In effort to release Ronnie from the uncomfortable spot he’d been put in, I quickly volunteered to sell his CDs, lead a small group, be the errand girl…whatever…and assured him that I did not have to play violin once that weekend if he wasn’t comfortable with it. He kindly suggested that maybe we should just go try a few songs during the few hour break we had. We all loaded up in the van and headed to the church where we started with “Amazing Grace” and then worked out way through the entire set-list for the weekend one by one adding in the rest of the band and ending up with something that didn’t sound too bad, considering we’d just met. The weekend ended up being amazing. Ronnie was gracious enough to let me play with them the whole time and that Sunday before we flew out, we sat down with our day planners (remember this was 2005….in the era before either of us had iCal!) and he booked me for several more gigs, including something called Outback America. (I just tried to count up all the Outback America gigs I’ve done since the first one and the number totaled somewhere around 46, give or take 1 or 2). I spent the next few months driving back and forth from Jackson, Mississippi to various places around the south where Ronnie was booked to lead worship.
On August 29th, 2005, (just two weeks after my 23rd birthday…and the day that Hurricane Katrina made landfall) we were hired to play at a festival in South Alabama called En Fuego. As I stood backstage, I struck up a conversation with a man named Mike Weaver, who was the lead singer for the band Big Daddy Weave. Mike asked me if I’d ever thought about moving to Nashville and encouraged me that if I was serious about music, that it would be a good thing to think about. I mentioned it to Ronnie, and thus began a season of driving back and forth from Jackson to Nashville almost once as month, leading worship with Ronnie at Fellowship Bible Church, recording on his “We Believe” and “God Speaking” albums and getting to know the city. I had a good job at a hospital in Jackson, a boyfriend, a great roommate, and an entire comfortable life so it was a difficult decision to make the move. But on August 20th, 2006….9 days shy of a year after Mike first planted the idea in my heart…I made the drive to Nashville with all of my worldly belongings to move into my new apartment.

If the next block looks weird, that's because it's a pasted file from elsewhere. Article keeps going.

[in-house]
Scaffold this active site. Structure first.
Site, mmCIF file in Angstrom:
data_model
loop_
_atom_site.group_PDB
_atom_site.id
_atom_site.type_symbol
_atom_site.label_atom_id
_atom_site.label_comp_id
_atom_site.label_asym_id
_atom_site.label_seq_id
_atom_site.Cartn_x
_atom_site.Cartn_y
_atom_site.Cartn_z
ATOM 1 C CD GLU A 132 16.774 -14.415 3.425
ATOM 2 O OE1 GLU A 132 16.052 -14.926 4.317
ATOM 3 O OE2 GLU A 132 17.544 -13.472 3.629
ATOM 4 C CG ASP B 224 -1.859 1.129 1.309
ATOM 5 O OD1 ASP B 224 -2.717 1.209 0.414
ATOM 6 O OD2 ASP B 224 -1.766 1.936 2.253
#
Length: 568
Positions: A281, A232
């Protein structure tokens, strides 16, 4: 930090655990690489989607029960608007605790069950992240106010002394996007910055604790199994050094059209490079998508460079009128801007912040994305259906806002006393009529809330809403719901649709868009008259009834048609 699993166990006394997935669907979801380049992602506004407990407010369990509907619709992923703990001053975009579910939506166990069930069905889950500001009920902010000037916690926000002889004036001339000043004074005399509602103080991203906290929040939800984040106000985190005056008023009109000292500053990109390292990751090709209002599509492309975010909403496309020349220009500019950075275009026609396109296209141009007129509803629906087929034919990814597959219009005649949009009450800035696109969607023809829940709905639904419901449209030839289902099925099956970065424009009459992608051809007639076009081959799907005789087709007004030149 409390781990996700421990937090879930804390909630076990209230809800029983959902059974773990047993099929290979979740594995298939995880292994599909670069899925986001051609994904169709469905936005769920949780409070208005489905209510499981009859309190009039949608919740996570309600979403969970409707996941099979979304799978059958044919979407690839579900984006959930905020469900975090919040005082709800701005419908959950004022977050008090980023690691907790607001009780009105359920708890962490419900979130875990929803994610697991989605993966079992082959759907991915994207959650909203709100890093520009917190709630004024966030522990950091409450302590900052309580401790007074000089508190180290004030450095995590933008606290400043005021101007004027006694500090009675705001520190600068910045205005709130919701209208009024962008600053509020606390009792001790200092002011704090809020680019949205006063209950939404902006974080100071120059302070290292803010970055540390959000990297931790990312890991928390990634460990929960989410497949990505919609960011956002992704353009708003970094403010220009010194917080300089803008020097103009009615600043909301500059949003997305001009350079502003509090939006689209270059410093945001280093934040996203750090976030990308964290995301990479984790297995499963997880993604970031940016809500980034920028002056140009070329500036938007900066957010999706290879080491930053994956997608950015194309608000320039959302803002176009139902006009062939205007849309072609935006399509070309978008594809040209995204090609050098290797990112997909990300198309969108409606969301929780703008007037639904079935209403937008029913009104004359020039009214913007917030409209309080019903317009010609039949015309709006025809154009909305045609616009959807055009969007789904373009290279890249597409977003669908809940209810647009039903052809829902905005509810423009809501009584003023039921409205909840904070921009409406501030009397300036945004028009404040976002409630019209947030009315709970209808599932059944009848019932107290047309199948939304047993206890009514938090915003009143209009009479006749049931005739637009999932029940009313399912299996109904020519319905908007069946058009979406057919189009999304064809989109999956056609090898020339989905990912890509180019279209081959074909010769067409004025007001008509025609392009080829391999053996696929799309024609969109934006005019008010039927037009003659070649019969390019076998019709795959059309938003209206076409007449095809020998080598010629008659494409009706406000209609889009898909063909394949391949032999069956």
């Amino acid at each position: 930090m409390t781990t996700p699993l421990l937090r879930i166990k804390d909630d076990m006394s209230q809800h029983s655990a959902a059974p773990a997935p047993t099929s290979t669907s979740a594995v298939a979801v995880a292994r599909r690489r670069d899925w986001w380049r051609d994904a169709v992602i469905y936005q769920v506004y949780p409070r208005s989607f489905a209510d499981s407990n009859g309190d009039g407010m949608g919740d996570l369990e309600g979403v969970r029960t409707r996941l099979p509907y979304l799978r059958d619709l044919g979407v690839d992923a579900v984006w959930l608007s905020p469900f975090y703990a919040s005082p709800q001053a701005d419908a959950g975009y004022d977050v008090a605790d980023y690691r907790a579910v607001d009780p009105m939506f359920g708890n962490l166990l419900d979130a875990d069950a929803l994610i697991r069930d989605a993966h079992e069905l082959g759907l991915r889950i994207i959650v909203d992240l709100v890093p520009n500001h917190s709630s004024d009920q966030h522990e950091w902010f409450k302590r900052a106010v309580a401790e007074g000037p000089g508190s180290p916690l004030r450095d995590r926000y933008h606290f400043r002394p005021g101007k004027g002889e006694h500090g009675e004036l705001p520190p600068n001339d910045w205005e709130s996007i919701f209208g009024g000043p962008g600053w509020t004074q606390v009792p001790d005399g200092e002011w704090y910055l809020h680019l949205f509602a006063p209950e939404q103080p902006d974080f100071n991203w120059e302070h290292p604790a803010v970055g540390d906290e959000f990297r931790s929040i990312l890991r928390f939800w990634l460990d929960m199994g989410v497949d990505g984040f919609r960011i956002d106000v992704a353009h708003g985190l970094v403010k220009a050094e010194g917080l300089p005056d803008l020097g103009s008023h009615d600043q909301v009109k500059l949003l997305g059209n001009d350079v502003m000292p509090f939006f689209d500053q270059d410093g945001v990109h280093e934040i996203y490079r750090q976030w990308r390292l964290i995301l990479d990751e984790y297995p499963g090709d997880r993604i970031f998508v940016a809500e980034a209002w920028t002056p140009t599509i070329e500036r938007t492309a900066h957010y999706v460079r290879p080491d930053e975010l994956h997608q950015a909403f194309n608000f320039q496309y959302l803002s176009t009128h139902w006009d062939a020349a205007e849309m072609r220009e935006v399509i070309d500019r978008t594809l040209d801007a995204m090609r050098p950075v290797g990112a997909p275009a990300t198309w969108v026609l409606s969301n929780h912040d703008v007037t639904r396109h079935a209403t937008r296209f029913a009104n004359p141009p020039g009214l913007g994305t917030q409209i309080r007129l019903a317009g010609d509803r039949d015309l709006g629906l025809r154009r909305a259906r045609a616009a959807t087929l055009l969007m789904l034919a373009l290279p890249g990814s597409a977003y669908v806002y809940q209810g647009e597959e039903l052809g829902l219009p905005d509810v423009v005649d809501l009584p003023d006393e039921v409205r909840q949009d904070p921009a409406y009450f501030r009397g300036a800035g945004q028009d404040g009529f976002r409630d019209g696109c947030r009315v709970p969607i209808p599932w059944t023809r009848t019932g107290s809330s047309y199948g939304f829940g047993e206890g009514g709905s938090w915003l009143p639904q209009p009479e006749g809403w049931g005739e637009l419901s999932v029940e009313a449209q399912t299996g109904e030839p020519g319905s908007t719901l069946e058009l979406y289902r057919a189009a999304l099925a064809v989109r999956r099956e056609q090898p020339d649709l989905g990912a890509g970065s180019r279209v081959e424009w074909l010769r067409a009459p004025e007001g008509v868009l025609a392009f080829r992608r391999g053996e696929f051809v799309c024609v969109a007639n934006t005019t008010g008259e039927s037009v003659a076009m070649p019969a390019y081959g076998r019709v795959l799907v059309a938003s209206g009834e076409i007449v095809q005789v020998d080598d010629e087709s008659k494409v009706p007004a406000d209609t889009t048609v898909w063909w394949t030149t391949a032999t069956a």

I cannot possible chronicle all the things that have happened on the road over the past 7 years. I have grown up on the road. I’m thankful for all the friendships that have been forged, experiences I’ve had, places I’ve been, concerts I’ve played…etc. I thought I’d post a few more old photos for your viewing pleasure….because otherwise I’d get sappy…and no one really wants that.
A week ago today, I played my final show with Ronnie Freeman and the Band. We started off the weekend at The Underground in Cinci where I felt so loved! The sweet community in Cinci presented me with a dozen beautiful roses and a collection of affirmation letters and kind words from the stage. Then Sunday night in Birmingham we returned once again to Mountainbrook Community Church for a Christmas concert. It was a bit surreal for me, kind of “Bethany Daniel Bordeaux: This is Your Life” as my parents and friends from each season of life starting with highschool, college, past Ronnie band members, friends of my husband and I, Ranch folks…so so many people there to support me. I am humbled beyond words at the love and encouragement everyone offered. I even had two sweet girls from the group I chaperoned on that youth retreat where it all began show up!
I’m excited for what the Lord has for me next. To answer the two most popular questions, NO, I’m not putting down my fiddle and NO, Keith and I are not pregnant! I am in need of a season of less travel, more time at home, time to pour into a new job I’ve taken on, and I felt that the Lord was telling me it was time to close the door on one beautiful season so I can begin a new one. It’s scary to step from one thing to another. But I treasure all the memories I’ve made, lessons I’ve learned, growth I’ve experienced and experiences I’ve had in the past seven years and I’m thankful that those will always be mine to have. And I trust that He who brought me such a good thing will bring me even greater good. My Heavenly Father who guides me is loving and kind and I trust what He has for me. To all of you who have loved me well over the past seven years, thank you. You have each had a small part in making this girl who she is today.
Last night I listened to my friend and bandmate Adam pray a Hebrew prayer. The translation struck me to the core as the summation of my heart-cry. “Praise to the Lord who gave me life, sustained me, and brought me to this season.” I’ll leave that with you as a benediction: It is my prayer in this moment and one I hope you too can utter.